Start Date: Tuesday, 8 January 2019
Finish Date: Sunday, 24 February 2019
Location: Grenfell Art Gallery, 88 Main Street, Grenfell NSW 2810
Contact: Claire McCann - 02 6343 2855 or firstname.lastname@example.org
Artists talk - Wednesday 6th February, 2pm - come along and listen to the artist Rebecca Wilson discuss her work and this current exhibition.
A Portrait of Landscape and Time in Hill End: Mythmaking, Heroes and Villains, is the latest exhibition and book from artist and writer Rebecca Wilson in which she unearths lessor known stories of the iconic town and disrupts common narratives of the region, questioning who the real heroes and villains are in recorded history and how we create myths and icons.
“The line that divides good and evil cuts through the heart of every man,” is a quote from Russian writer Aleksandr Solzhenitsyn that introduces the viewer to the artist’s narrative works that travel from white settlement to current day.
The artist’s paintings and research takes viewers from Frontier War hero Windradyne and the shameful declaration of Martial Law in 1824 (an attempt at genocide against the First Nation’s People), to tales of murder and racism in the gold rush era, introducing Sammy Poo, also known as Cranky Sam, Australia’s only Chinese bushranger who eventually hanged at Bathurst in 1865.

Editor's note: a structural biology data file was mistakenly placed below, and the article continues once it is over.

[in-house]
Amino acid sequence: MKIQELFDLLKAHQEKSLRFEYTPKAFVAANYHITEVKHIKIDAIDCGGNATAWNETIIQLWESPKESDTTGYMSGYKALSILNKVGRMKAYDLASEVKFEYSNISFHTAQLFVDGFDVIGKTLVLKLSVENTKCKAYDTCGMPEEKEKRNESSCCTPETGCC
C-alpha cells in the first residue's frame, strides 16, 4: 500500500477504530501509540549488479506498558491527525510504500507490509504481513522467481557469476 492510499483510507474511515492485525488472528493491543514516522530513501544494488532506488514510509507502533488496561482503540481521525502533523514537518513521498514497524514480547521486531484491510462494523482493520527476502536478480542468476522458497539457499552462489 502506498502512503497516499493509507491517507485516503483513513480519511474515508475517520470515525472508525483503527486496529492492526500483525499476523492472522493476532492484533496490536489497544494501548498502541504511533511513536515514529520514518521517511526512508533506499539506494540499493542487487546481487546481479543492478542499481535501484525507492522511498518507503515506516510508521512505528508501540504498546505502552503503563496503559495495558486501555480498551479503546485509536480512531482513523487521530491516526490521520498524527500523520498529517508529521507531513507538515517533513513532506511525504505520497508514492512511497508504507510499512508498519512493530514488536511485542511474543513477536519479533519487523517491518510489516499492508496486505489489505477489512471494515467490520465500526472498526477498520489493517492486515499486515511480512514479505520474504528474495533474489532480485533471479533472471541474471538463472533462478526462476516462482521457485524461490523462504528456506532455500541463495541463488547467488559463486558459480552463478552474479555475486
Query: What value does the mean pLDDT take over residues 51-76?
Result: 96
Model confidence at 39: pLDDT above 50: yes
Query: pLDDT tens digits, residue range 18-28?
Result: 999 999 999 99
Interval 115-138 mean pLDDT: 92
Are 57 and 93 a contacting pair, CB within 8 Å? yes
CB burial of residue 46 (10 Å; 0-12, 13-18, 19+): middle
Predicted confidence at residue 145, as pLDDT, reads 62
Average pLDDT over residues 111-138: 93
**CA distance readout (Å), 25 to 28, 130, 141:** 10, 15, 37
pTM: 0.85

The journey through time continues as reference is made to artists who have visited the region since the 1940’s such as Jean Bellette, Whiteley and Johnson while questions are raised about the apparent lack of consequences for Donald Friend’s crimes, his activities in Hill End and why special allowances have been made for unacceptable and criminal behavior from particular male artists over time.
Creating images based on photographs of nooses and gravestones that were installed in the township after the decision to make Hill End an historic site in 1967, these public protests were aimed squarely at NPWS staff who recall having their tyres slashed whenever they came to town, such was the resistence to the Government intervention.
Intertwined through this investigation of stories across time, is the artist’s personal experience of living in the remote country town, marrying a fifth generation local of Wiradjuri heritage and facing her own mortality during recent illness. Simultaneously these works investigate how we remember events, create myths and perceive our heroes and villains through Hill End’s history but the works also comment on the broader concepts of truth and lies in our society.